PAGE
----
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Reshaping for the future
SAN DIEGO—Illumina has split. Not as in "gone away" of course—but rather in terms of its operating structure. As of early January, the company had completed a reorganization by which it has a newly created Life Sciences Business Unit that will include all products and services related to the research market, such as the BeadArray, BeadXpress and Sequencing product lines. Alongside it stands the new Diagnostics Business Unit, which is intended to put more focus on emerging opportunities in molecular diagnostics, with the unit being charged with developing diagnostic content for the BeadXpress system now, and ultimately for Illumina's Sequencing products.
In a broad sense, the new organizational structure is intended to increase synergies between Illumina's sequencing and genotyping businesses.
"Over the last few years we have experienced incredible growth," says Jay Flatley, president and CEO of Illumina, and he says the new changes will help leverage the company's technology assets to capitalize on future opportunities. One result will be the acceleration of the integration of its sequencing and genotyping technologies.
"Additionally, it will enable us to put more focus on developing our diagnostics business," Flatley notes.
"One of the challenges with our hyper-growth that we've had in recent years is that we needed to figure our how to keep scaling our business and scaling our management teams as well to keep up with that growth, and having these two divisions accomplishes that," notes Christian Henry, Illumina's CFO. "This kind of reorganization has actually been in the works since we acquired Solexa and we always figured that sometime in 2008 we'd make these kinds of changes to get better business focus and integration of our platforms."
Henry points out that while the new diagnostics unit will see most of its business trending toward patient care—with a particular eye toward cancer applications and personalized medicine—it will see action in the drug discovery and development world as well, such as diagnostic tools for use in clinical trials.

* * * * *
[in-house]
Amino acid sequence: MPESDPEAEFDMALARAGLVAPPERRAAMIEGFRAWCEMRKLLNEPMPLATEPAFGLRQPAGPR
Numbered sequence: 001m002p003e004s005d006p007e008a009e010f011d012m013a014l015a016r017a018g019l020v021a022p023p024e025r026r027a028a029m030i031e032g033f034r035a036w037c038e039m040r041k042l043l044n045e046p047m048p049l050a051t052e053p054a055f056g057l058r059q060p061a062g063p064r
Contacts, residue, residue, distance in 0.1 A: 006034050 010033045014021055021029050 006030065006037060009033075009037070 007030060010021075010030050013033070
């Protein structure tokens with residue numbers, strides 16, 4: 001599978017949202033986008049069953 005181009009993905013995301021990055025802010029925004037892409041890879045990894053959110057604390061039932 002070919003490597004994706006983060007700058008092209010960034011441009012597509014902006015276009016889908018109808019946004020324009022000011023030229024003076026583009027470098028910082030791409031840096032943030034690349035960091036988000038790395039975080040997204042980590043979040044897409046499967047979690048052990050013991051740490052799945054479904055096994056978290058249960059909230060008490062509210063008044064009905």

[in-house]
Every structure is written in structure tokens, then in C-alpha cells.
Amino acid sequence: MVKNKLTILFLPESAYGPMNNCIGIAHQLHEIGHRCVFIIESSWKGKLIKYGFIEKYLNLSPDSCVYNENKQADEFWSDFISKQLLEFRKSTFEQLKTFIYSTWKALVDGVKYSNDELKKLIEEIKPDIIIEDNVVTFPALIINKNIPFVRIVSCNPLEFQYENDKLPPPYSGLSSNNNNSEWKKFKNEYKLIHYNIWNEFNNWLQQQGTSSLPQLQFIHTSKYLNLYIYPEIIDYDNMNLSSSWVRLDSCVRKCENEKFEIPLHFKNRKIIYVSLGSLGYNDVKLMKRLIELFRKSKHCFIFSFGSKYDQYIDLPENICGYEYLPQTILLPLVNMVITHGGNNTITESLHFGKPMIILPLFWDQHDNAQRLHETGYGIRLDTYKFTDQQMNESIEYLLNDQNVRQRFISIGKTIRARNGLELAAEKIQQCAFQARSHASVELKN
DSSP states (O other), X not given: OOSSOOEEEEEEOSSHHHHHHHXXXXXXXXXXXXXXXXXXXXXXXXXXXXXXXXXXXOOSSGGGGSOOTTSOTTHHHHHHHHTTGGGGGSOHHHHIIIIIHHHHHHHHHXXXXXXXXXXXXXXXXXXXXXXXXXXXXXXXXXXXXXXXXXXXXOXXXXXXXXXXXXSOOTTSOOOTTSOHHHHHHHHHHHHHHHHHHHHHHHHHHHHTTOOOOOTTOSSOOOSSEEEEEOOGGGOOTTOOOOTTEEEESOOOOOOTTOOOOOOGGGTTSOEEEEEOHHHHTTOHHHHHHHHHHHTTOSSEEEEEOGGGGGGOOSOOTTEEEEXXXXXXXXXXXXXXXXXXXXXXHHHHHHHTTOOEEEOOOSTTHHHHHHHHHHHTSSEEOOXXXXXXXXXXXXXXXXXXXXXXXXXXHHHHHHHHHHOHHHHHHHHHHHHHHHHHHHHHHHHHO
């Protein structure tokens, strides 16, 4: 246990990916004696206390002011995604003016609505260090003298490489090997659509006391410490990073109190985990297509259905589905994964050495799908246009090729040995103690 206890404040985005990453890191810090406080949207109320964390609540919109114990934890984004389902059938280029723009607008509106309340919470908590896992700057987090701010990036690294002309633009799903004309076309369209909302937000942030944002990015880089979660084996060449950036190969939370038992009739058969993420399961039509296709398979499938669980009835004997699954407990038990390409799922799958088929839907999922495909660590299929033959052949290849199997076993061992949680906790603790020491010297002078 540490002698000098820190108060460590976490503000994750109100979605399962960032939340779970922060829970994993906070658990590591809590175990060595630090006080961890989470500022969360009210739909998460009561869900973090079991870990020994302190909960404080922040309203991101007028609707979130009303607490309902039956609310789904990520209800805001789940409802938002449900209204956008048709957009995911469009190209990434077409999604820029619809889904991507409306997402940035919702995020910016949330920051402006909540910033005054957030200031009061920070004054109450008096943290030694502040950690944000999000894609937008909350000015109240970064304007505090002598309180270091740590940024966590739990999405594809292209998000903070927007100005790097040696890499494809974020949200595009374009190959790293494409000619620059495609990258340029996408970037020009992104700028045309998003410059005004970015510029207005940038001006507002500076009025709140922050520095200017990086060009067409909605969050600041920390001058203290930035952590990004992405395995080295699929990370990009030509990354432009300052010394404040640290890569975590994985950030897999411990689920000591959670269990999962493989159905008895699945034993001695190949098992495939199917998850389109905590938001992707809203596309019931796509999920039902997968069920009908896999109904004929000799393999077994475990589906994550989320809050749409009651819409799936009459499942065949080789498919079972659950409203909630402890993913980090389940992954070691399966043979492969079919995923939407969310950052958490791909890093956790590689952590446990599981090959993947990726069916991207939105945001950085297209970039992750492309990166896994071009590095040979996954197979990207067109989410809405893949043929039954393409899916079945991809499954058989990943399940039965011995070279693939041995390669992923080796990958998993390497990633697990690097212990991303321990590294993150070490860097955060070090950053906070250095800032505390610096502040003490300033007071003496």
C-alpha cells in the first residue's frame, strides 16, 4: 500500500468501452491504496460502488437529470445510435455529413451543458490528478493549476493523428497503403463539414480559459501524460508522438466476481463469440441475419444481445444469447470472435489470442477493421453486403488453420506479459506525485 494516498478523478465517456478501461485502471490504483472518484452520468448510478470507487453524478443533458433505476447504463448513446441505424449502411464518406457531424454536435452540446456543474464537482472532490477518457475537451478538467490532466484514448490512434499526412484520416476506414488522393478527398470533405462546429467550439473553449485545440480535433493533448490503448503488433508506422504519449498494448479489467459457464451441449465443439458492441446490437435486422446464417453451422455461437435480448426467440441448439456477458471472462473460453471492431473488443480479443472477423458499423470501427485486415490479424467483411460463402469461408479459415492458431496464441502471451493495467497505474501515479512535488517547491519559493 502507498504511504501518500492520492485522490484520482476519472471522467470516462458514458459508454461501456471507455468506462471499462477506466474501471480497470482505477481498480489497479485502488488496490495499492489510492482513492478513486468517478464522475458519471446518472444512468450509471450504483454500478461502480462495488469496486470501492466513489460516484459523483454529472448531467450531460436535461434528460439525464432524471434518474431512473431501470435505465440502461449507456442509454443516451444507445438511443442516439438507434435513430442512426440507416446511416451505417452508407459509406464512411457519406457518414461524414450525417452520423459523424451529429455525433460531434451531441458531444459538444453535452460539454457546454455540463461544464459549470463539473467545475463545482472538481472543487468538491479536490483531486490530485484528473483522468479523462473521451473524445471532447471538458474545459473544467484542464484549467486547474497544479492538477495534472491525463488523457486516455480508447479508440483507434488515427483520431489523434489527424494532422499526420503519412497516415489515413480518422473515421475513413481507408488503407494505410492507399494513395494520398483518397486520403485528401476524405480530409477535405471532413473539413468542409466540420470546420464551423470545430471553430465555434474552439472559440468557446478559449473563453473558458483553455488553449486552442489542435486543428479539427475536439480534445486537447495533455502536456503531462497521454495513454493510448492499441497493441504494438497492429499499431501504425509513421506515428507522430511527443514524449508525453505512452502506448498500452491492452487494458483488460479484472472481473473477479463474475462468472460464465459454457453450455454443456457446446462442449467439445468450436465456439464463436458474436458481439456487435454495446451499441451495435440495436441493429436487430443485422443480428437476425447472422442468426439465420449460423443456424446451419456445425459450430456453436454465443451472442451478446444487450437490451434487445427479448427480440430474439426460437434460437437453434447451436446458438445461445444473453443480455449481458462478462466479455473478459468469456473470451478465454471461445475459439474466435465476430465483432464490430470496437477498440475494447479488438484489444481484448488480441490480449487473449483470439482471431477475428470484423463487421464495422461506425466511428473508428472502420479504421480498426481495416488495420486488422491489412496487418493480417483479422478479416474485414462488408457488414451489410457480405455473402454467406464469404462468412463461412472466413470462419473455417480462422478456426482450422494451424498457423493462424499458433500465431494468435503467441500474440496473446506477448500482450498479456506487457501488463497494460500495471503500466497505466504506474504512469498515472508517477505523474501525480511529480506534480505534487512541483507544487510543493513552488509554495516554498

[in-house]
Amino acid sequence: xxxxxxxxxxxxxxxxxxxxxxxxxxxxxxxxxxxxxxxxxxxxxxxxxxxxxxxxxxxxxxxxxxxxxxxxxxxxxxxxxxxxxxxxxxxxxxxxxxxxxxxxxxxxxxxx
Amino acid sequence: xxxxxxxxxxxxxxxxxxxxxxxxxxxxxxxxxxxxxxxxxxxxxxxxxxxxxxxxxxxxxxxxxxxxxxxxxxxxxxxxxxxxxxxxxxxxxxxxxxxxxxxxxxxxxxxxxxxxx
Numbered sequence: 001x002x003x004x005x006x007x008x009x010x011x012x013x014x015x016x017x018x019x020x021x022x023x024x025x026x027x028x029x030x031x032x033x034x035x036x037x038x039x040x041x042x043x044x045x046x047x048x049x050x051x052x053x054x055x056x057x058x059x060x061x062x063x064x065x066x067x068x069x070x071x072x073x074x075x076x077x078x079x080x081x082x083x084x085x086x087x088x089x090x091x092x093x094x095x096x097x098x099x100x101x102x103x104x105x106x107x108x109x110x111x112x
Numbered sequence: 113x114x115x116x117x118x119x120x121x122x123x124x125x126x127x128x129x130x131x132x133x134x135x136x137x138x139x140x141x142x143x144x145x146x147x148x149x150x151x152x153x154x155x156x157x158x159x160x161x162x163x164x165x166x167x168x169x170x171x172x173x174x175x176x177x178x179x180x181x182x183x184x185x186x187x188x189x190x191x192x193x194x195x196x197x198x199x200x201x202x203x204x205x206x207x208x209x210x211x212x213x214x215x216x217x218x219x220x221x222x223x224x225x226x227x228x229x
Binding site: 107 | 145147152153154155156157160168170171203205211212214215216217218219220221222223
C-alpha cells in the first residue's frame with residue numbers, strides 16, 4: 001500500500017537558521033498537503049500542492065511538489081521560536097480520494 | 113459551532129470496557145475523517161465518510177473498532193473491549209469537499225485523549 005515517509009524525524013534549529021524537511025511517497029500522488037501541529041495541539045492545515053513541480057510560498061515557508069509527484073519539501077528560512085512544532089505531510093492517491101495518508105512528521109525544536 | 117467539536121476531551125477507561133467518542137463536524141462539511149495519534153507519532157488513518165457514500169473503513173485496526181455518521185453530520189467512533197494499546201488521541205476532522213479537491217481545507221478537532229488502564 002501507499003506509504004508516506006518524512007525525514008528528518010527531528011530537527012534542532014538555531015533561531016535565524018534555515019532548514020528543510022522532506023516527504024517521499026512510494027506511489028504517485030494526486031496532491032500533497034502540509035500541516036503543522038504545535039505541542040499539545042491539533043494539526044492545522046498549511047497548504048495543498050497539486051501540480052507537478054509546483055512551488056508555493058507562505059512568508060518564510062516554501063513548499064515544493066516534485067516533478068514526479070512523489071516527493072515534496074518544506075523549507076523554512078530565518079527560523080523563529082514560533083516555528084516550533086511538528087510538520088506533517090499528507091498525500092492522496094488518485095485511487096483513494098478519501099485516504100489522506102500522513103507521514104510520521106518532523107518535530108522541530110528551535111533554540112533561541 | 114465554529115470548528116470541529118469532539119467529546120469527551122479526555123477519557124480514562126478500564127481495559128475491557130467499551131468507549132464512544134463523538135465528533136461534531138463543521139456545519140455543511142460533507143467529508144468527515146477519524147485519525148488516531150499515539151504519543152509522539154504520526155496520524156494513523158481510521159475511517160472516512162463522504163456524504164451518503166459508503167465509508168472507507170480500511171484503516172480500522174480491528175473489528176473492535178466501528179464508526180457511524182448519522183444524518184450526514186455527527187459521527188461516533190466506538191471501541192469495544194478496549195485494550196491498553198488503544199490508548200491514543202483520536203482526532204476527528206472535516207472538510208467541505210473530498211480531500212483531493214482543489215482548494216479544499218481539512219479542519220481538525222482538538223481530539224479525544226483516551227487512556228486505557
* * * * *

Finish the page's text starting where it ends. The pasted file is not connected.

"This sounds like a huge reorganization and big shift in our business, but it's really just a way of formalizing what we had already begun to do in terms of having our various teams working together more efficiently and in a more focused way," Henry says.
Although the changes were always intended to happen this year, the specific timing was driven in large part by some key management changes. For example, John Stuelpnagel, senior vice president, COO and general manager for arrays had decided to move to part-time status as of April 1, 2008. Although Stuelpnagel is expected to have a continuing role with the company working on key projects as an Illumina Fellow, he will be stepping down from the board and having less direct impact day to day.
"John has spent the last 10 years founding, building and leading Illumina into a pre-eminent life sciences company," Flatley says. "Although we are disappointed that John has decided to step down from his full-time role, we expect to continue to benefit from his broad experience, leadership and vision."
In addition, John West, senior vice president and general manager for sequencing (and former CEO of Solexa) announced his resignation effective Feb. 1, 2008.
Both announcements, Henry says, made this the perfect time to split into two distinct operating units. He says that general managers have been hired for both new business units, though their names have not yet been announced. The company is also beginning a search for a senior vice president, product development and a senior vice president, operations—two new positions that will report to the general manager, life sciences.
"We expect to integrate all product development activities from the array and sequencing businesses under the senior vice president, product development. Similarly, all manufacturing and materials activities will be integrated under the senior vice president, operations," Flatley says. "We will continue to operate in all our existing development and manufacturing locations, namely San Diego, Hayward and Little Chesterford, U.K." ddn